September 2022 – and already, with another few days still to go, the month has been turbulent and unexpected.
Only the weather has been peaceful and pleasantly calm. But no doubt some autumnal brisk winds and gusty showers are only hours or so away, planning to catch us out.
So, September – we’ve had to say farewell to one revered monarch and adjust to the idea of a King – Charles 111 and the Queen Consort – a phrase unfamiliar in our vocabulary until now.
And then the sudden and unexpected loss of Hilary Mantel – twice Booker prize winner and a writer of extraordinary achievement and repute – an event of great sadness and loss in the literary world and beyond.
(And, on a considerably lighter note, don’t even get me started on the loss of Roger Federer as he retires from the world tennis stage …it’s been an emotional couple of weeks!)
One of the obvious realities resulting in the death of an author is knowing that an anticipation for the next novel has been removed forever.
It’s their backlist that has to sustain us for the barren years ahead.
I remember feeling such loss when Carol Shields died prematurely, and I have certainly read all her novels at least twice – and I dip into Unless and Larry’s Party frequently, simply turning to any page and reading on, immediately held by the story and mastery of the storyteller.
I have re-read all of Anita Brookner, knowing that no more new novels about solitary spinsters or widows living in Kensington or Chelsea mansion blocks, frequenting galleries and museums to fill their days will appear on book shop shelves. Or of young men, probably spending time in Europe, who then make unfortunate marriages and grow prematurely old and disaffected with their lot in life.
I have loved them all – time and time again. And no-one is publishing novels like hers anymore.
Which brings me to wonder what other novels deserve endless re-reads?
With so many books in the world, reading anything twice might seem surplus to requirements and an entire waste of time.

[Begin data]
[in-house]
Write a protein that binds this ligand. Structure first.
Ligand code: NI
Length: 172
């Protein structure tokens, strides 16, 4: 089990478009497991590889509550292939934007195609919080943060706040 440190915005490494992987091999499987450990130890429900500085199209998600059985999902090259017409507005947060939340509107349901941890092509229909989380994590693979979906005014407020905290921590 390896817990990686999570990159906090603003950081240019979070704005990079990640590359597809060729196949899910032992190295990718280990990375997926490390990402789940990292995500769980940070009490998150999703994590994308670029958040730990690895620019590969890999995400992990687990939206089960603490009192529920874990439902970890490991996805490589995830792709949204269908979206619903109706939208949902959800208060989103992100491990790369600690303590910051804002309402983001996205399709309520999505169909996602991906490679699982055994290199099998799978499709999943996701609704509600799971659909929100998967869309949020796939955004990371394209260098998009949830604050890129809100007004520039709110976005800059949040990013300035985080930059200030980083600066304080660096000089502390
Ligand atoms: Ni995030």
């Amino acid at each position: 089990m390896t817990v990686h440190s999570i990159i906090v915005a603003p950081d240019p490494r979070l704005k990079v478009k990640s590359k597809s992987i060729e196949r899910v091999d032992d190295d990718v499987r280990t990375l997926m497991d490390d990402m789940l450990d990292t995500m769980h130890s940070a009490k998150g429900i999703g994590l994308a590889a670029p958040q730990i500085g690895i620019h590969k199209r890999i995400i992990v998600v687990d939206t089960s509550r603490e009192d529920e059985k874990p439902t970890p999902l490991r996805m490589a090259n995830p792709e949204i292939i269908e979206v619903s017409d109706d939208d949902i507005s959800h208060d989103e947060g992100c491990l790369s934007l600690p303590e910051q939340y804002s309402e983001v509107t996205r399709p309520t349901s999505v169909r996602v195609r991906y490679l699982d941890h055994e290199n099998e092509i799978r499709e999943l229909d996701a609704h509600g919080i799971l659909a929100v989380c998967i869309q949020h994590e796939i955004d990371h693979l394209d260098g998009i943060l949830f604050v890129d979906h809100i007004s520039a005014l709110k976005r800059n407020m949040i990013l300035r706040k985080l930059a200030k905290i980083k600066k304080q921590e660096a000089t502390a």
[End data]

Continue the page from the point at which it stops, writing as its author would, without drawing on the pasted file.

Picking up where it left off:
But we do go back to our favourites.
Because reading a novel at the age of 20, at 26 or 38, at 54 or 68 or more, will all be entirely different experiences.
The novel might not have changed. But we will have altered immeasurably.
Our worlds will have shifted to include love and loss, life events will have shaped us and affected our perspectives and judgements. And thus, we might find our attitudes and sympathies for certain characters or situations alter or change – along with the years we have accrued.
Mr Rochester might seem romantically, attractively gothic when you are 16. By the time you are 40 he is far more likely to appear just affected and very annoying. Even whole novels that captured our profound love and affection when read at a tender age can seem preposterously overwrought and profoundly irritating when read at a more mature stage in life. I’m think of my student reading of Women in Love when I deemed D.H. Lawrence’s novel a masterpiece – whereas later, three decades or so on, I found it intolerably self-indulgent and, quite frankly, just plain silly!
But sometimes I re-read a novel simply for the delight of the prose – the mastery of the author.
And in this category, I would put Bernard MacLaverty’s Midwinter Break, anything and everything by William Trevor, Ian McEwan’s Atonement and, of course, F.Scott Fitzgerald’s The Great Gatsby. And Lord of the Flies, William Golding’s powerful novel, has to be on this list.
Actually, once I get started, there are so very many more I want to mention …. but another time.
For the story is one thing – one element of a novel.
But for me, re-reading is not about that. It’s about the language, the rhythm, the precision of words in creating image and mood that are truly only fully realised when the plot is known and I am reading simply for the quality of the writing.
And in a month when so much has dramatically and so swiftly changed what could be better than to sit down with a novel that is a familiar and much-loved friend?
Try it – it can be very consoling!